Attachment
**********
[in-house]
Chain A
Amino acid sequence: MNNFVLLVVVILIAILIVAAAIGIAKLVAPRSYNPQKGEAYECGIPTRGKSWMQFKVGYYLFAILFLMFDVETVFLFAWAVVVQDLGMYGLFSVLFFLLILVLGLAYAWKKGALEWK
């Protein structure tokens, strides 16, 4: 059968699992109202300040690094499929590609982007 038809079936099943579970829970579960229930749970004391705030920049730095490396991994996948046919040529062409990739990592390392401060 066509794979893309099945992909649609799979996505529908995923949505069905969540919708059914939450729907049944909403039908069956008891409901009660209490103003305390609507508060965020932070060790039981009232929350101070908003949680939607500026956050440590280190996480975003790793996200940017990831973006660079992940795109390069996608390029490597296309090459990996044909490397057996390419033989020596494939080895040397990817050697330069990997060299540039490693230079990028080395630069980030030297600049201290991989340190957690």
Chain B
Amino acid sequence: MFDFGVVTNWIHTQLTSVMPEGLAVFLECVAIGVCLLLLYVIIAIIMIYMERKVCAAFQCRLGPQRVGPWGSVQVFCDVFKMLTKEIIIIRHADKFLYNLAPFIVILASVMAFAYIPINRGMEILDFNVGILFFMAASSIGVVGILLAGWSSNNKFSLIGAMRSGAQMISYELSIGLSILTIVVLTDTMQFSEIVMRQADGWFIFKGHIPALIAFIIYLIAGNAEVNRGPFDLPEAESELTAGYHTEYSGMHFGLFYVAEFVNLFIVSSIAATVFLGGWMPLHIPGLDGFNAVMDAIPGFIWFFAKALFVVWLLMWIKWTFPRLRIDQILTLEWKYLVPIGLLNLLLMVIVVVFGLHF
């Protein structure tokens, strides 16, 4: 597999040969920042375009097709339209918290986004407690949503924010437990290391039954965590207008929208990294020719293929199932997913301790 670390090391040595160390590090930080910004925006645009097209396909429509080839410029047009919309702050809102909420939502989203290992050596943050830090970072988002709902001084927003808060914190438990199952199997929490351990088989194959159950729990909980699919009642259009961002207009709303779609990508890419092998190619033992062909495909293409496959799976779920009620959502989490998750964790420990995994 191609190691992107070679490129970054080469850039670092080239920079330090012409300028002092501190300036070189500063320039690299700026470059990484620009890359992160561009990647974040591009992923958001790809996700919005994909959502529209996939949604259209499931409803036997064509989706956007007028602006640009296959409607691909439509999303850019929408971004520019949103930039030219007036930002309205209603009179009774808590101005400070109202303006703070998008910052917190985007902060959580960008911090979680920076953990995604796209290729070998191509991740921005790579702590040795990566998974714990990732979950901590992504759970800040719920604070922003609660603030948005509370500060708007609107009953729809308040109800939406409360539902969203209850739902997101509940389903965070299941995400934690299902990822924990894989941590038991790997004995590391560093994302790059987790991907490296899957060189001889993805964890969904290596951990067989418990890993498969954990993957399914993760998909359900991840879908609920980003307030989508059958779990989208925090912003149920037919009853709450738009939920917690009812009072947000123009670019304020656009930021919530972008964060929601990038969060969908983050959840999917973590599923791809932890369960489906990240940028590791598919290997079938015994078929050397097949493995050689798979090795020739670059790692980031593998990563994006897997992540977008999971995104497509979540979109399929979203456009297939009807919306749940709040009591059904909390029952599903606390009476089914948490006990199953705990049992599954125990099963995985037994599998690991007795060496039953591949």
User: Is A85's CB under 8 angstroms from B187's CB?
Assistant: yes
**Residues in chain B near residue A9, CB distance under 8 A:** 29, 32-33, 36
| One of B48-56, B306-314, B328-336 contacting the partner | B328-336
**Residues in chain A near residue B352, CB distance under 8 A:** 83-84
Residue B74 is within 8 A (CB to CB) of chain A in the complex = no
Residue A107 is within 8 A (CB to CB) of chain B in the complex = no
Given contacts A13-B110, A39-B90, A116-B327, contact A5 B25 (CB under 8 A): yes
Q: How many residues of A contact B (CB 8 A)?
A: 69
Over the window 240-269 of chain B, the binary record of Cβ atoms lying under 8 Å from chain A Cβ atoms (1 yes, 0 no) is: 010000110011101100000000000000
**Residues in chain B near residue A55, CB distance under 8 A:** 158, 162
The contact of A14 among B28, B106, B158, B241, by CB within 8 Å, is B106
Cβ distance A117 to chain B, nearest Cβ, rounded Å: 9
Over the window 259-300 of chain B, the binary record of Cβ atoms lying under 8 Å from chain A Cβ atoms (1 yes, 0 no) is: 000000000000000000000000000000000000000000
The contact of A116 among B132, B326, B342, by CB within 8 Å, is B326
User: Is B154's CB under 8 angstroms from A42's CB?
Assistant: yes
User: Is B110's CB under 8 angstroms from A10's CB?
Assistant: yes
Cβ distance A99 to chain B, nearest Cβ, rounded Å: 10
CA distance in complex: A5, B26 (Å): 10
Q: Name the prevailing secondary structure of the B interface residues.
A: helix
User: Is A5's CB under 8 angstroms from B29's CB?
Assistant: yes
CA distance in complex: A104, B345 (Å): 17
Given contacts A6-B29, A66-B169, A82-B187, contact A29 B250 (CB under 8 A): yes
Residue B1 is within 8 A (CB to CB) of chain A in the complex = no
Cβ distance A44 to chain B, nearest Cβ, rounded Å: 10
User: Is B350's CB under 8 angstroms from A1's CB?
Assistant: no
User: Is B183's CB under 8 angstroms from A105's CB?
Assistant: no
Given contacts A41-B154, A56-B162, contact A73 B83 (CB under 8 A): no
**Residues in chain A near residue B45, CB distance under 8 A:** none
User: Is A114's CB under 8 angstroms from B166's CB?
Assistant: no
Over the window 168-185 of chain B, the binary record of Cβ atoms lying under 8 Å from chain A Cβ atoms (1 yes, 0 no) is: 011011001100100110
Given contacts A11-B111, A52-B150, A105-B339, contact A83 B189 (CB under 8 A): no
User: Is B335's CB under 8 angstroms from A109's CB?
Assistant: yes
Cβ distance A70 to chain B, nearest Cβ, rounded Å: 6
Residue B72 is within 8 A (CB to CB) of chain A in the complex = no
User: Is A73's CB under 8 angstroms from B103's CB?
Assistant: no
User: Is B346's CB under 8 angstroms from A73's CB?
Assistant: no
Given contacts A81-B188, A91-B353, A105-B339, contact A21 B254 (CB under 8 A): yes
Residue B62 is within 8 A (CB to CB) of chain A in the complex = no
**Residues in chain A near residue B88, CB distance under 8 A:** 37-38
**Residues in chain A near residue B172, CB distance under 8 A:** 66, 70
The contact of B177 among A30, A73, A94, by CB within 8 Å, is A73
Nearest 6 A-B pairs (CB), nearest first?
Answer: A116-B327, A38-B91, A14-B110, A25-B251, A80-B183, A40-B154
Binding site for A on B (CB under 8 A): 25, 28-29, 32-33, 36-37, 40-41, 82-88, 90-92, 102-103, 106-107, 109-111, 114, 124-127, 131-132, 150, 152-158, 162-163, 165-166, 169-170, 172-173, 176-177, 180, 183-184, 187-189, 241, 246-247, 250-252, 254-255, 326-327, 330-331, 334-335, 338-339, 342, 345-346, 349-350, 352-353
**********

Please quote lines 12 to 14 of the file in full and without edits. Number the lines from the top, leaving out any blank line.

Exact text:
**Residues in chain A near residue B352, CB distance under 8 A:** 83-84
Residue B74 is within 8 A (CB to CB) of chain A in the complex = no
Residue A107 is within 8 A (CB to CB) of chain B in the complex = no